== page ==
Most businesses in the current economic climate could use extra cash on hand. Cost segregation can provide this assistance through immediate tax savings. If you have purchased, constructed, remodeled, or otherwise acquired real estate (real property) after January 1, 1986, you qualify for this service. A cost segregation analysis enables the taxpayer to accelerate depreciation on components of the aforementioned real property from 39 or 27.5 years to 5, 7, or 15 years. This acceleration is what provides the taxpayer with increased depreciation deductions and immediate tax benefits.
A cost segregation is an engineered study that segregates property (real estate) into appropriate Federal Income Tax Depreciation classifications while maximizing accelerated depreciation benefits offered by the Internal Revenue Service. The following example is provided to illustrate the benefits that can be derived from cost segregation:
A newly constructed commercial building (not leasehold property) valued at $1,000,000 would normally be depreciable over 39 years without a cost segregation study. However, an engineered study would reallocate components of this real property into accelerated lives of 5, 7, or 15 years. Let’s assume in this example that 10% of the total cost ($1,000,000) was allocated to both 5 and 7 year property, 20% was allocated to 15 year property and the remaining 60% remained allocated to 39 year property.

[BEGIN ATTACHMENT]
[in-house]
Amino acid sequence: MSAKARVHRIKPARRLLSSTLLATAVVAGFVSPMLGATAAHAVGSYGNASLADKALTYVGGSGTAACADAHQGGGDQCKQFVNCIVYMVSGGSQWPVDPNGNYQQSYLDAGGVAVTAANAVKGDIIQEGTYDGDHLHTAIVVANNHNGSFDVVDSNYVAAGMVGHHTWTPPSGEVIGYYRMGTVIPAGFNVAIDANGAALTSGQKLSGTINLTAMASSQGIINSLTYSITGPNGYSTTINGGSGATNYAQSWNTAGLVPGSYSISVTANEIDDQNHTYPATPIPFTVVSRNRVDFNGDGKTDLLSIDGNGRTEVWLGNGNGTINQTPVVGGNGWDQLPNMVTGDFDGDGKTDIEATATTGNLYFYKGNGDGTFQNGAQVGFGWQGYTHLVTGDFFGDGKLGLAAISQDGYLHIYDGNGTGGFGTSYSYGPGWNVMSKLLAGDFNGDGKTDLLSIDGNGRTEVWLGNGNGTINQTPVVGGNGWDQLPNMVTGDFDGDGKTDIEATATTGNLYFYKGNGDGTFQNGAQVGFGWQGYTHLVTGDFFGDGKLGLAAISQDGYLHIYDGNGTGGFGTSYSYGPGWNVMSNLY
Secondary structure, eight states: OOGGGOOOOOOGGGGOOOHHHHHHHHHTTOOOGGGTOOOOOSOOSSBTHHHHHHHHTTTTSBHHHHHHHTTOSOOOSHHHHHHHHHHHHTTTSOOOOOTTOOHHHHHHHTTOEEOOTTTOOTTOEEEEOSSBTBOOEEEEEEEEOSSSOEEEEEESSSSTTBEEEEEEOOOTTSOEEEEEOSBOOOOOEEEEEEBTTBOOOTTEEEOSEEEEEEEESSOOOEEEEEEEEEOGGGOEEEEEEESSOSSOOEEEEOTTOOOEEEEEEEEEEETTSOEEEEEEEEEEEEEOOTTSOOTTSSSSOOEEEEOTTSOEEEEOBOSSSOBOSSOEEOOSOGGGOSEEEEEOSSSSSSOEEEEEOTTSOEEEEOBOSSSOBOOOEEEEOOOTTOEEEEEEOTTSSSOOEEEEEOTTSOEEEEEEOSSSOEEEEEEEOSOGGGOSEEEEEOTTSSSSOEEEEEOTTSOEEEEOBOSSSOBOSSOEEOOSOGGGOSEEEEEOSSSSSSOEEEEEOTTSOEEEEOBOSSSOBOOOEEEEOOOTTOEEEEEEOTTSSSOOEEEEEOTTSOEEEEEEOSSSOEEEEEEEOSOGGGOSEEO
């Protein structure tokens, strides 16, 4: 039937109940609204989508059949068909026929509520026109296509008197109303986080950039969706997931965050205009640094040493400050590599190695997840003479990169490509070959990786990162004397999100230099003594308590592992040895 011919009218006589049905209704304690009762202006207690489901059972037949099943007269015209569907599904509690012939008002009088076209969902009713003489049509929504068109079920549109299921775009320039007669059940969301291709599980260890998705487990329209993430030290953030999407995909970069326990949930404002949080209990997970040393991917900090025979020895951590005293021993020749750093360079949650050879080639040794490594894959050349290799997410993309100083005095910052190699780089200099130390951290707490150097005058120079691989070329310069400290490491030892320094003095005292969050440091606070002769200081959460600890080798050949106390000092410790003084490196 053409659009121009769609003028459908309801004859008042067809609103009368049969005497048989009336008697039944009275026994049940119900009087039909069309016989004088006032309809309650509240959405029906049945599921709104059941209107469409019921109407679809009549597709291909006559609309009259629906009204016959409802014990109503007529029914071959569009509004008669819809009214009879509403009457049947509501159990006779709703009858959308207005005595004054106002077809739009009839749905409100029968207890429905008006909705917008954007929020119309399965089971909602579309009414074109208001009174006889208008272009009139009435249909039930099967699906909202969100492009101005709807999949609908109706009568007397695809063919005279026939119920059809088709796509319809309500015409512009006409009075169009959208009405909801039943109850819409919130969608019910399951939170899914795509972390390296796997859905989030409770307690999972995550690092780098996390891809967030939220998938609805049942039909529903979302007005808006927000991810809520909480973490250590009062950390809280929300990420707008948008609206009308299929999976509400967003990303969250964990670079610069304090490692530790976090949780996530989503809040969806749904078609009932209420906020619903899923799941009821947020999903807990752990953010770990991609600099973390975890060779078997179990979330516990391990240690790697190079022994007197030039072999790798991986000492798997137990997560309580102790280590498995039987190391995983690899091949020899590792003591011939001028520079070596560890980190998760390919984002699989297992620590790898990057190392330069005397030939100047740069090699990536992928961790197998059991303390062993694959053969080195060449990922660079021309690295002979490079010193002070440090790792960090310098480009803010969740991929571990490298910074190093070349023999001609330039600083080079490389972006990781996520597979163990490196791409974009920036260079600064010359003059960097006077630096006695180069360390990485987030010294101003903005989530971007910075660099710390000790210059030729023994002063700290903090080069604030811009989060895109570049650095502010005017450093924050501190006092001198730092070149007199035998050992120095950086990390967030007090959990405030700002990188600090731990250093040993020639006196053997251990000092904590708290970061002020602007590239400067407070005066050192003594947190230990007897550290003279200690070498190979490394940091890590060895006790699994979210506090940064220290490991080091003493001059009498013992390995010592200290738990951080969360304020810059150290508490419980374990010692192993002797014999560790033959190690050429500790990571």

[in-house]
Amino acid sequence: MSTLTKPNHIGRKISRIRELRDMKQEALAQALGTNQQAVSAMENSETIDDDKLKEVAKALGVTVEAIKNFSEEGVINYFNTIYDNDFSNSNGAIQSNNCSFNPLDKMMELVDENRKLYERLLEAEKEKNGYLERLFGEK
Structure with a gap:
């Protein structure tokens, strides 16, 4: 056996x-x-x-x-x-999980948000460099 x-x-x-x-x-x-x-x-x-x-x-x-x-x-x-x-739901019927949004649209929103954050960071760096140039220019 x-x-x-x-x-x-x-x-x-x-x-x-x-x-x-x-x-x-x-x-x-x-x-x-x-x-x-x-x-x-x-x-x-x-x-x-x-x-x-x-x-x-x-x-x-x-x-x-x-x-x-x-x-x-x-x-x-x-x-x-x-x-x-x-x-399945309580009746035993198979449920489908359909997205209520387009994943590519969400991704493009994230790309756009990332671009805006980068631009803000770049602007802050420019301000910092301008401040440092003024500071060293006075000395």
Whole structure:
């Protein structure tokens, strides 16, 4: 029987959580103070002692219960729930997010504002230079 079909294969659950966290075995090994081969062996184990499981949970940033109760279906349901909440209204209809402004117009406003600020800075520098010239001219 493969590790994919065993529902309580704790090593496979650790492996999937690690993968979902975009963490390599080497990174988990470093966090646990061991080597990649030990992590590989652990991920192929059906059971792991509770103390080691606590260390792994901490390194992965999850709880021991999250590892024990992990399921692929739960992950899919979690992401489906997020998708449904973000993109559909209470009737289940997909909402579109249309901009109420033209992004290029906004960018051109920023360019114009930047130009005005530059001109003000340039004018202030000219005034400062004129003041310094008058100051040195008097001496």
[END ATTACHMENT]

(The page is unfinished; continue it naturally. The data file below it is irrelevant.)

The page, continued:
Without the cost segregation, total allowable depreciation amounts to approximately $14,000 in year 1 (assuming June placed-in-service date) and $168,000 after 7 years. In contrast, the reallocation due to cost segregation generates total allowable depreciation of approximately $408,000 in year 1 (including Bonus Depreciation but excluding Section 179 expense) and $501,000 after 7 years.
The increased allowable depreciation produces significant tax savings and an immediate avenue for increased cash flow. In this example, gross tax savings for year 1 amounts to $408,000 (assuming a fixed 40% tax rate). Even after 7 years, the gap in allowable deductions remains considerable with $333,000 of increased accumulated depreciation that would have been otherwise deferred to later years.
Please note that the above example is for illustrative purposes only and does not reflect present value calculations or the results of state, local, and the alternative minimum tax.
William Vaughan Company offers cost segregation studies based upon guidance provided in the Internal Revenue Code, court cases, and construction cost manuals. Furthermore, the cost segregation analysis generated by William Vaughan Company’s professional team is tailored to fully comply with the IRS Cost Segregation Audit Techniques Guide. Please contact your William Vaughan Company representative for further information regarding this opportunity.
By Nathan Bernath, CPA